23 Sep 2016

Ryley Walker: Speaking in thumbs

From Access All Areas, 3:00 pm on 23 September 2016
Ryley Walker

Ryley Walker Photo: Tom Dooley

Modern day troubadour, North American singer-songwriter Ryley Walker talks to Trevor Reekie about maintaining motivation in his own musical belief.

Ryley Walker can really use his hands.

Listen to the Chicago based musician’s latest album and you’ll find an intense and intricate finger-picked guitar style, harking back to a school of experimental players that emerged from Britain in the 1960s: Nick Drake, John Martyn, John Renbourn, Davy Graham.

Walker happily admits to the influence of such pioneers.

“Their music was rooted in traditional English, American, Eastern music – world music, what have you,” he says. “It’s still forward thinking and innovative and progressive, you know. Much as they dug into the past, those people were really mystic and futuristic, and got really far out.”

Walker tours incessantly, playing around 250 shows a year all over the world. As a working musician it is the only way to survive. He says he finds larger and more appreciative audiences in Europe than at home in the U.S., where he believes he is classed as “bottom-of-the-totem-pole indie-rock. I always feel like I’m the dumbest one at the party here.”

By contrast, his records have received glowing reviews in European music magazines. Walker released the first of these in 2014 for the independent Tompkins Square label, after which he moved to the larger indie Dead Oceans, for which he has made a further three albums. The latest one expands on his progressive fusion of jazz and folk, with his voice starting to match the dexterity of his guitar playing. The album was produced by fellow Chicagoan Leroy Bach from the band Wilco.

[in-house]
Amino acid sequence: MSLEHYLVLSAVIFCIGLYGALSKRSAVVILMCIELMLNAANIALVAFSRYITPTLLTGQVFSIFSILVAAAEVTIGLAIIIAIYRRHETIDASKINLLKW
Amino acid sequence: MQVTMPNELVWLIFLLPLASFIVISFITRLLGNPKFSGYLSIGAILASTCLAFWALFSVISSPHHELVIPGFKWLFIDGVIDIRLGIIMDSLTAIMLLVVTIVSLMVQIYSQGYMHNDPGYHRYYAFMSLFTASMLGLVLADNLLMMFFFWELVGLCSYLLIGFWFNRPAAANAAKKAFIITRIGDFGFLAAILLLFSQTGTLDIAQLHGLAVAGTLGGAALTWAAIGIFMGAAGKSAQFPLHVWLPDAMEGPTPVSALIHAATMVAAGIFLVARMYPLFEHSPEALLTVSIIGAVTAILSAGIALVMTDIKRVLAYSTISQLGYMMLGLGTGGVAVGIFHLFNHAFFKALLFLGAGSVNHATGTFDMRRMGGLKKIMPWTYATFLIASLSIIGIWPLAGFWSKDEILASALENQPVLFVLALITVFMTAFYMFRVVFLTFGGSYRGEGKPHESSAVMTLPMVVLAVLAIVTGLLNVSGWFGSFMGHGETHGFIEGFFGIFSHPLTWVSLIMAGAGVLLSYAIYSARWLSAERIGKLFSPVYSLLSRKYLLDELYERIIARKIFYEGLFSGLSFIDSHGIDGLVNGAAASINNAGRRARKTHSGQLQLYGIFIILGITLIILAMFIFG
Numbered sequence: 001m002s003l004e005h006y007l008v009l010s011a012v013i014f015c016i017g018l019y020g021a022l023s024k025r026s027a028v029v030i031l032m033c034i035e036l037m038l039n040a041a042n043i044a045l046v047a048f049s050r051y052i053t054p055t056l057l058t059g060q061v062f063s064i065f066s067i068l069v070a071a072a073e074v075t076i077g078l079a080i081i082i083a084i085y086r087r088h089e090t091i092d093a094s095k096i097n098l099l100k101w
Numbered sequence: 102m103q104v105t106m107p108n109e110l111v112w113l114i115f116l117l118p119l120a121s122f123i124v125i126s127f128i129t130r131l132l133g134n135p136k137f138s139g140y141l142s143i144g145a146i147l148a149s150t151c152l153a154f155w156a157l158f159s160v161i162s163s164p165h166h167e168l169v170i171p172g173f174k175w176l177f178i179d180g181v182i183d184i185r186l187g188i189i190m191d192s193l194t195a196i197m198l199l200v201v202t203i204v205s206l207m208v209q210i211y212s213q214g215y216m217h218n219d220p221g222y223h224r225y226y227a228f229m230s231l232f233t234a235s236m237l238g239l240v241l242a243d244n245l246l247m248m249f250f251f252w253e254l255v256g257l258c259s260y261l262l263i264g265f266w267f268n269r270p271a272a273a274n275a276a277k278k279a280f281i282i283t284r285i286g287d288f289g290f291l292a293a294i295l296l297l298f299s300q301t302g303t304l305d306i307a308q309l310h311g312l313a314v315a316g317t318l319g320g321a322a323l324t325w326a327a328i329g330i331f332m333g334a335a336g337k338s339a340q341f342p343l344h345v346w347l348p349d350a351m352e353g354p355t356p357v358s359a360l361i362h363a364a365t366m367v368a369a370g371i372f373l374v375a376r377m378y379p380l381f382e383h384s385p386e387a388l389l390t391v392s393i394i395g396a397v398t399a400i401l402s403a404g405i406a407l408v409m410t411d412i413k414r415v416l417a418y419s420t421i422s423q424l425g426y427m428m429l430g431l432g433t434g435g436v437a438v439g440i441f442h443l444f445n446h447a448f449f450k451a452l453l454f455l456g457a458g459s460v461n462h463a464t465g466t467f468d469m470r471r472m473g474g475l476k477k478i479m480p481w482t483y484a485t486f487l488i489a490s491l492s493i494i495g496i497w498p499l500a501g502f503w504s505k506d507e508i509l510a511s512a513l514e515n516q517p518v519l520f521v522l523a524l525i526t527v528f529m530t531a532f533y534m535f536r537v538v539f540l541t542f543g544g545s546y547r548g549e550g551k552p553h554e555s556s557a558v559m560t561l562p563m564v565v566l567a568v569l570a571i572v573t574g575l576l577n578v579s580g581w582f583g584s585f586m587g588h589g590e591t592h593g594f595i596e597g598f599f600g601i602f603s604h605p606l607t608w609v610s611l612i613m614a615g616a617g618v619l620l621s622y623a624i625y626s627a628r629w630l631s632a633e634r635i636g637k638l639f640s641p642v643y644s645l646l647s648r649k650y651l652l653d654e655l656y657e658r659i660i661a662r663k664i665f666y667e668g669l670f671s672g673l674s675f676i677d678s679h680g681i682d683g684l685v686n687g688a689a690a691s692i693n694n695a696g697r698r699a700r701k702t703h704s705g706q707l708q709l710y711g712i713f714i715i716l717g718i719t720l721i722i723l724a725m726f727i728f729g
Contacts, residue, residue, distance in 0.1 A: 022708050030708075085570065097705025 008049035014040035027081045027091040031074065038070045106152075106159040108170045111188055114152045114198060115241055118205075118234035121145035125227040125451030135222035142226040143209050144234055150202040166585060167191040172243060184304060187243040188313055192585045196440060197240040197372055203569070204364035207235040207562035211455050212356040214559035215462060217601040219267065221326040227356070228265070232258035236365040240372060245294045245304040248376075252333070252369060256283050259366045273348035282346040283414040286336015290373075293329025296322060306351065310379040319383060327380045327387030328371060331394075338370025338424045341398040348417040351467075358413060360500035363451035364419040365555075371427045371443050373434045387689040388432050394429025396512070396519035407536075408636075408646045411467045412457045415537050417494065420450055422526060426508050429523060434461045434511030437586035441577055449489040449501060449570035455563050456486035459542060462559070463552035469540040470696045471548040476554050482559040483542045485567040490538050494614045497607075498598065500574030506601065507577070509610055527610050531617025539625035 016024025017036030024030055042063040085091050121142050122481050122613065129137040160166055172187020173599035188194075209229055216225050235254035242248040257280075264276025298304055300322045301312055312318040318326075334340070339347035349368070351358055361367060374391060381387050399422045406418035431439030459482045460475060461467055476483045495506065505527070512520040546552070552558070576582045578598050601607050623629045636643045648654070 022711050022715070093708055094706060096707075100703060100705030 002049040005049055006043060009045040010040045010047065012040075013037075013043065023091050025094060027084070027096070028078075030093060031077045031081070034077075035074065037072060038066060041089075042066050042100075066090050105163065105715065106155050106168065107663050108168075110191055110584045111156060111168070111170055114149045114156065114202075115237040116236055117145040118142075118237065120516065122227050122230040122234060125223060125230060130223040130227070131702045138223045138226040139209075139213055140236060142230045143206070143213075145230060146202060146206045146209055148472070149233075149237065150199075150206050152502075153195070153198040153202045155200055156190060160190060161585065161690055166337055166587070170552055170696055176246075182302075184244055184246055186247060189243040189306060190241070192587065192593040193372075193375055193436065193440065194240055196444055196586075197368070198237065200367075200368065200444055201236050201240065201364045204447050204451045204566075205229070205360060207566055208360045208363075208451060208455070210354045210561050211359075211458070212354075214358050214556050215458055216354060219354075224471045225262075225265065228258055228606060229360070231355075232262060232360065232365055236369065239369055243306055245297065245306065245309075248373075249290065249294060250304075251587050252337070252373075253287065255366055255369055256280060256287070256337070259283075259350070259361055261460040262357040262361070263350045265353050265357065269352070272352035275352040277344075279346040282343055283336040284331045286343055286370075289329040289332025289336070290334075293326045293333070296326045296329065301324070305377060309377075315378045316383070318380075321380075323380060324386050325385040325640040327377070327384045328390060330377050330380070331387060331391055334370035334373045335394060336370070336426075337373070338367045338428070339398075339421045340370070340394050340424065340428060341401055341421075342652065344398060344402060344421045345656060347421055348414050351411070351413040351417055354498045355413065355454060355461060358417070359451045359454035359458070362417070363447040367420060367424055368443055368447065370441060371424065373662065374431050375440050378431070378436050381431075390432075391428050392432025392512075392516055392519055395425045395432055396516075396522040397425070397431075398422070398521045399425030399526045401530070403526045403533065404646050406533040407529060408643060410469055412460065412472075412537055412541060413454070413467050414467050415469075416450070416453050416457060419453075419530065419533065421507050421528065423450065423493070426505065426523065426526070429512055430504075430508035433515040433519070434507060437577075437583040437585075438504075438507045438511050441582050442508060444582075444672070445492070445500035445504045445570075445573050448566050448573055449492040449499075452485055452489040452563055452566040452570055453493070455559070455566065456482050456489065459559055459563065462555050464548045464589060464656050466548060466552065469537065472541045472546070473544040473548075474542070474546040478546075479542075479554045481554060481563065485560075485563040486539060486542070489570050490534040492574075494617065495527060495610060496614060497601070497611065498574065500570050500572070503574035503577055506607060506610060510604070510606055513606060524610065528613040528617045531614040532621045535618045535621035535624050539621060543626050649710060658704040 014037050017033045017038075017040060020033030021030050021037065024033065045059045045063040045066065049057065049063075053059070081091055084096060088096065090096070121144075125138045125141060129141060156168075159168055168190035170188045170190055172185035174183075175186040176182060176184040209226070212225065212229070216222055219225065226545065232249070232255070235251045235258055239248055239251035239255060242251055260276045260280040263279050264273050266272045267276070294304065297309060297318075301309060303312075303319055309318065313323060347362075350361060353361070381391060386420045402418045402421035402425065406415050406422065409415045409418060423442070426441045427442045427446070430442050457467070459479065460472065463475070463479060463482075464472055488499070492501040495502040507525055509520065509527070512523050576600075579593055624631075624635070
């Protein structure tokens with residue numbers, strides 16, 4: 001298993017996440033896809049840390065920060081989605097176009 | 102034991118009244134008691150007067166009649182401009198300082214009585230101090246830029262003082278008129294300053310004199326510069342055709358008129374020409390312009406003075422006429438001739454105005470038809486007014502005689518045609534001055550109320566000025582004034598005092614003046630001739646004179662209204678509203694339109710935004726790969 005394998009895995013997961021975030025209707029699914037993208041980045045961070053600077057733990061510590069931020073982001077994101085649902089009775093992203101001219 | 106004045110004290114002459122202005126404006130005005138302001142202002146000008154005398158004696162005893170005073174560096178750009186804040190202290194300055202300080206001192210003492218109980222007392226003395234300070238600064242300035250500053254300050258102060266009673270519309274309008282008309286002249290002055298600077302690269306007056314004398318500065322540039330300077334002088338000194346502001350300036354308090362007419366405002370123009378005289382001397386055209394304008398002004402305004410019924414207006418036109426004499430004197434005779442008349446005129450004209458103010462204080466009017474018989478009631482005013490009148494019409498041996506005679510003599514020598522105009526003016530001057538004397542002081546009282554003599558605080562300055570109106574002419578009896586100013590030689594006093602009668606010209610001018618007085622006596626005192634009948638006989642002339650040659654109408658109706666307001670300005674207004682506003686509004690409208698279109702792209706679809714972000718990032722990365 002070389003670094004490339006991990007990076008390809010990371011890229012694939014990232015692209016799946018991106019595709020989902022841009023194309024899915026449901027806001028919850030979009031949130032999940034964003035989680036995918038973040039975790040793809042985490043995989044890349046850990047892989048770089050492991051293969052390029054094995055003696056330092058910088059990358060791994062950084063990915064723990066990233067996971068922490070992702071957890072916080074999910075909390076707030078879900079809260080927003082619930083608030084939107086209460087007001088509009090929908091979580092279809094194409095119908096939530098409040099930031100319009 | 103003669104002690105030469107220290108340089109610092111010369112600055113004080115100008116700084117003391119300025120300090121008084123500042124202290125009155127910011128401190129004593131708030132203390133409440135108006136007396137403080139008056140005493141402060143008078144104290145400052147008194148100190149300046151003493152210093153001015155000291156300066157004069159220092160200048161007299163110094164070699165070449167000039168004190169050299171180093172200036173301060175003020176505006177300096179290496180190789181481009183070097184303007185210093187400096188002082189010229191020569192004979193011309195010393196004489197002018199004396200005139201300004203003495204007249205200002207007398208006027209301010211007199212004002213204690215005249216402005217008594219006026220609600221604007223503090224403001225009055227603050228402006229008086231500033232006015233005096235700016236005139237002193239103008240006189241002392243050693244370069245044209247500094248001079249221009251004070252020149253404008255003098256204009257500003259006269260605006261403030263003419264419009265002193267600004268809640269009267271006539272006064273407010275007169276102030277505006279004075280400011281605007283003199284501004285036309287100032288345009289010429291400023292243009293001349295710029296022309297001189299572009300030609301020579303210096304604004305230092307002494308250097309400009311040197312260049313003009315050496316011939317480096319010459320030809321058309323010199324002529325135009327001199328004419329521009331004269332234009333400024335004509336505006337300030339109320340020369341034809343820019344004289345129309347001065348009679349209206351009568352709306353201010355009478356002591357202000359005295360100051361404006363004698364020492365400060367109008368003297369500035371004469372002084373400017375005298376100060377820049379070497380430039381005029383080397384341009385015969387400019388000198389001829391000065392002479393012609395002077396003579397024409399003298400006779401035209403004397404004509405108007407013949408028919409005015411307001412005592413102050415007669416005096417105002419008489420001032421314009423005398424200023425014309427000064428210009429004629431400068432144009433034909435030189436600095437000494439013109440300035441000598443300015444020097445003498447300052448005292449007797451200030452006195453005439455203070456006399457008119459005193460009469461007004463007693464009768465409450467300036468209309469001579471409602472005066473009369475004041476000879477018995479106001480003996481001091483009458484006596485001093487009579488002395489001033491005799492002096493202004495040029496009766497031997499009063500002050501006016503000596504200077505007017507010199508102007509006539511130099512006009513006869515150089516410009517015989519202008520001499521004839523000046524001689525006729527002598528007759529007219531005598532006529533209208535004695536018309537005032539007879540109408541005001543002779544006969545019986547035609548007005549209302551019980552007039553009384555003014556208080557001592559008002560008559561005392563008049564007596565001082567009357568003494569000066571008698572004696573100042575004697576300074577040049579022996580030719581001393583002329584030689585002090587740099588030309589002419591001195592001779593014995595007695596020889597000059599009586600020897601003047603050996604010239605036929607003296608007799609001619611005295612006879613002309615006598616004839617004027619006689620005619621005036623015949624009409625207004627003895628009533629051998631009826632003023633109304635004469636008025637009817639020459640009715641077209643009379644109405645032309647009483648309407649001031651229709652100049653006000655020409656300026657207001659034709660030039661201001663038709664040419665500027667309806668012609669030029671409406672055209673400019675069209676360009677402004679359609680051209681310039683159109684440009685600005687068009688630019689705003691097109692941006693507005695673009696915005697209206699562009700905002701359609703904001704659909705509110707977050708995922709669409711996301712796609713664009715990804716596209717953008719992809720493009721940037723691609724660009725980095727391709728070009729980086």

Its title Golden Sings That Have Been Sung is striking for, among other things, its incorrect syntax. What is the title’s significance to Walker?

“It can mean a lot of things, but the thing I like to think about is when you travel to another part of the world, you find yourself speaking English simplified - like ‘Beer one’ or ‘Where train?’ You use your hands a lot. You really go back to your primitive roots and use your hands.”

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  • Music Details

    Artist: Ryley Walker
    Song: Twin Oaks, Pt. 1, Twin Oaks, Pt. 2
    Composer: Ryley Walker
    Album: All Kinds of You
    Label: Tompkins Square

    Artist: Ryley Walker
    Song: Primrose Green
    Composer: Ryley Walker
    Album: Primrose Green
    Label: Dead Oceans

    Artist: Ryley Walker
    Song: Age Old Tale, The Halfwit In Me, The Roundabout, A Choir Apart, Sullen Mind,
    The Great And Undecided.
    Composer: Ryley Walker
    Album: Golden Sings That Have Been Sung
    Label: Dead Oceans